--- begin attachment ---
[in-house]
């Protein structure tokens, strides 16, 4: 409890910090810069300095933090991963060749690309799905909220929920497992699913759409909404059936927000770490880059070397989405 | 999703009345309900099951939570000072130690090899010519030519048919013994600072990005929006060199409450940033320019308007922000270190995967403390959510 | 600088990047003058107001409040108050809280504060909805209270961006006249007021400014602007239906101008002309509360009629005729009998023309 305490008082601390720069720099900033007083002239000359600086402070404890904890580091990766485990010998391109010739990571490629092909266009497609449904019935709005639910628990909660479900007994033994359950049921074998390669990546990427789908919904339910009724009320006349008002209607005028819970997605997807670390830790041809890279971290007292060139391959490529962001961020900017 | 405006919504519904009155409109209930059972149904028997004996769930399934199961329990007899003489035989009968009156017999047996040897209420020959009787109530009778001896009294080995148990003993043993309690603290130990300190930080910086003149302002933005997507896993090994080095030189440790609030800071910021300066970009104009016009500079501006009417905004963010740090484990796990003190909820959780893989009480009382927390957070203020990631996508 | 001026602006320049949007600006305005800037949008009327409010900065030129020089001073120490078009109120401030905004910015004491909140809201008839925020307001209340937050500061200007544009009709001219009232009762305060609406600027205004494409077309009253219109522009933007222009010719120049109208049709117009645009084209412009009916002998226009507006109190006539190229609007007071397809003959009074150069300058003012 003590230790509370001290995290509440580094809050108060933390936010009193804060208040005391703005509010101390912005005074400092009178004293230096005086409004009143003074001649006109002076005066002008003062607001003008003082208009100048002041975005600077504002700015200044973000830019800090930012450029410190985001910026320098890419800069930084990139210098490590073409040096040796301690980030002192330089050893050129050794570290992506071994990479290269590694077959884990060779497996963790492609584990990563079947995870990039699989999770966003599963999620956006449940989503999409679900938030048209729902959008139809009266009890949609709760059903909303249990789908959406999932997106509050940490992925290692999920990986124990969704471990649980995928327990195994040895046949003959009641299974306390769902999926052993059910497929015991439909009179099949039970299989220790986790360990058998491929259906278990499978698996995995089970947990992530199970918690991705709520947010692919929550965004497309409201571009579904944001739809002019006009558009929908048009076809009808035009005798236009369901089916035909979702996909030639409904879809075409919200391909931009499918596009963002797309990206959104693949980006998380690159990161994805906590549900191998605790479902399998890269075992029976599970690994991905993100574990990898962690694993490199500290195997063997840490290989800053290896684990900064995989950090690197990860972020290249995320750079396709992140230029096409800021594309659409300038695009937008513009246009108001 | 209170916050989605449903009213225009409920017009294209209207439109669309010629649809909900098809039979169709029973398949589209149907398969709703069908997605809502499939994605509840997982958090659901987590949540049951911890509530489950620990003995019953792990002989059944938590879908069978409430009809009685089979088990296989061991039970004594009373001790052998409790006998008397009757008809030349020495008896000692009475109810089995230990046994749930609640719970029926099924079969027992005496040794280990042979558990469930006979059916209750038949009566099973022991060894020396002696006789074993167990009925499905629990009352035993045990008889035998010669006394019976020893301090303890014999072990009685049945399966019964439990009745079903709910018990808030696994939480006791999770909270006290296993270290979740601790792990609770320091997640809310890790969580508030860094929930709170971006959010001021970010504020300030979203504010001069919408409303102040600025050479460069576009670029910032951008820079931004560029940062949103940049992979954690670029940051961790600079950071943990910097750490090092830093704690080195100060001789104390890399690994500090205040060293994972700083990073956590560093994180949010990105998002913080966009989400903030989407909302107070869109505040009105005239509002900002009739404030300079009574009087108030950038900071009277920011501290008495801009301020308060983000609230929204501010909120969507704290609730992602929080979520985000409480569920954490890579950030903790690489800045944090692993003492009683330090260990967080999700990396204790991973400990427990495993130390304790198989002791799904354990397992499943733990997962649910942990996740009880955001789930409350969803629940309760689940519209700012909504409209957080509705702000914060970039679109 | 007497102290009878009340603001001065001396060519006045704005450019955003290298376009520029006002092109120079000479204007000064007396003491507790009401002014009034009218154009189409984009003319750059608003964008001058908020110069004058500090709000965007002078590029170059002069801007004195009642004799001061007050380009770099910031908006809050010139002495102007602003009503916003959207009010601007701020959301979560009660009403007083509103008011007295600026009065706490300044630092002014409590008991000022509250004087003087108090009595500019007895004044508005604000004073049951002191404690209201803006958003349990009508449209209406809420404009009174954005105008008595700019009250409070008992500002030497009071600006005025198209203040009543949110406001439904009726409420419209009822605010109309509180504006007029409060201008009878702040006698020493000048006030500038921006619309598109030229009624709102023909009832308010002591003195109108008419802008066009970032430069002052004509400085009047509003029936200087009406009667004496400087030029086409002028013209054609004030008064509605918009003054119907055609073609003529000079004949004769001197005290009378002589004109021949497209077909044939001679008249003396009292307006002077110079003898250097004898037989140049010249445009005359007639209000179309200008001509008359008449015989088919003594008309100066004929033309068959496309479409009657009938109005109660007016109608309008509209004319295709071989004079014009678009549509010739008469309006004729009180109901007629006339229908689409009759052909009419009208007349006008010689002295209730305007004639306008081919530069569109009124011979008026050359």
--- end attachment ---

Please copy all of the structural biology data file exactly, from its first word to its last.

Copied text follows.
[in-house]
């Protein structure tokens, strides 16, 4: 409890910090810069300095933090991963060749690309799905909220929920497992699913759409909404059936927000770490880059070397989405 | 999703009345309900099951939570000072130690090899010519030519048919013994600072990005929006060199409450940033320019308007922000270190995967403390959510 | 600088990047003058107001409040108050809280504060909805209270961006006249007021400014602007239906101008002309509360009629005729009998023309 305490008082601390720069720099900033007083002239000359600086402070404890904890580091990766485990010998391109010739990571490629092909266009497609449904019935709005639910628990909660479900007994033994359950049921074998390669990546990427789908919904339910009724009320006349008002209607005028819970997605997807670390830790041809890279971290007292060139391959490529962001961020900017 | 405006919504519904009155409109209930059972149904028997004996769930399934199961329990007899003489035989009968009156017999047996040897209420020959009787109530009778001896009294080995148990003993043993309690603290130990300190930080910086003149302002933005997507896993090994080095030189440790609030800071910021300066970009104009016009500079501006009417905004963010740090484990796990003190909820959780893989009480009382927390957070203020990631996508 | 001026602006320049949007600006305005800037949008009327409010900065030129020089001073120490078009109120401030905004910015004491909140809201008839925020307001209340937050500061200007544009009709001219009232009762305060609406600027205004494409077309009253219109522009933007222009010719120049109208049709117009645009084209412009009916002998226009507006109190006539190229609007007071397809003959009074150069300058003012 003590230790509370001290995290509440580094809050108060933390936010009193804060208040005391703005509010101390912005005074400092009178004293230096005086409004009143003074001649006109002076005066002008003062607001003008003082208009100048002041975005600077504002700015200044973000830019800090930012450029410190985001910026320098890419800069930084990139210098490590073409040096040796301690980030002192330089050893050129050794570290992506071994990479290269590694077959884990060779497996963790492609584990990563079947995870990039699989999770966003599963999620956006449940989503999409679900938030048209729902959008139809009266009890949609709760059903909303249990789908959406999932997106509050940490992925290692999920990986124990969704471990649980995928327990195994040895046949003959009641299974306390769902999926052993059910497929015991439909009179099949039970299989220790986790360990058998491929259906278990499978698996995995089970947990992530199970918690991705709520947010692919929550965004497309409201571009579904944001739809002019006009558009929908048009076809009808035009005798236009369901089916035909979702996909030639409904879809075409919200391909931009499918596009963002797309990206959104693949980006998380690159990161994805906590549900191998605790479902399998890269075992029976599970690994991905993100574990990898962690694993490199500290195997063997840490290989800053290896684990900064995989950090690197990860972020290249995320750079396709992140230029096409800021594309659409300038695009937008513009246009108001 | 209170916050989605449903009213225009409920017009294209209207439109669309010629649809909900098809039979169709029973398949589209149907398969709703069908997605809502499939994605509840997982958090659901987590949540049951911890509530489950620990003995019953792990002989059944938590879908069978409430009809009685089979088990296989061991039970004594009373001790052998409790006998008397009757008809030349020495008896000692009475109810089995230990046994749930609640719970029926099924079969027992005496040794280990042979558990469930006979059916209750038949009566099973022991060894020396002696006789074993167990009925499905629990009352035993045990008889035998010669006394019976020893301090303890014999072990009685049945399966019964439990009745079903709910018990808030696994939480006791999770909270006290296993270290979740601790792990609770320091997640809310890790969580508030860094929930709170971006959010001021970010504020300030979203504010001069919408409303102040600025050479460069576009670029910032951008820079931004560029940062949103940049992979954690670029940051961790600079950071943990910097750490090092830093704690080195100060001789104390890399690994500090205040060293994972700083990073956590560093994180949010990105998002913080966009989400903030989407909302107070869109505040009105005239509002900002009739404030300079009574009087108030950038900071009277920011501290008495801009301020308060983000609230929204501010909120969507704290609730992602929080979520985000409480569920954490890579950030903790690489800045944090692993003492009683330090260990967080999700990396204790991973400990427990495993130390304790198989002791799904354990397992499943733990997962649910942990996740009880955001789930409350969803629940309760689940519209700012909504409209957080509705702000914060970039679109 | 007497102290009878009340603001001065001396060519006045704005450019955003290298376009520029006002092109120079000479204007000064007396003491507790009401002014009034009218154009189409984009003319750059608003964008001058908020110069004058500090709000965007002078590029170059002069801007004195009642004799001061007050380009770099910031908006809050010139002495102007602003009503916003959207009010601007701020959301979560009660009403007083509103008011007295600026009065706490300044630092002014409590008991000022509250004087003087108090009595500019007895004044508005604000004073049951002191404690209201803006958003349990009508449209209406809420404009009174954005105008008595700019009250409070008992500002030497009071600006005025198209203040009543949110406001439904009726409420419209009822605010109309509180504006007029409060201008009878702040006698020493000048006030500038921006619309598109030229009624709102023909009832308010002591003195109108008419802008066009970032430069002052004509400085009047509003029936200087009406009667004496400087030029086409002028013209054609004030008064509605918009003054119907055609073609003529000079004949004769001197005290009378002589004109021949497209077909044939001679008249003396009292307006002077110079003898250097004898037989140049010249445009005359007639209000179309200008001509008359008449015989088919003594008309100066004929033309068959496309479409009657009938109005109660007016109608309008509209004319295709071989004079014009678009549509010739008469309006004729009180109901007629006339229908689409009759052909009419009208007349006008010689002295209730305007004639306008081919530069569109009124011979008026050359």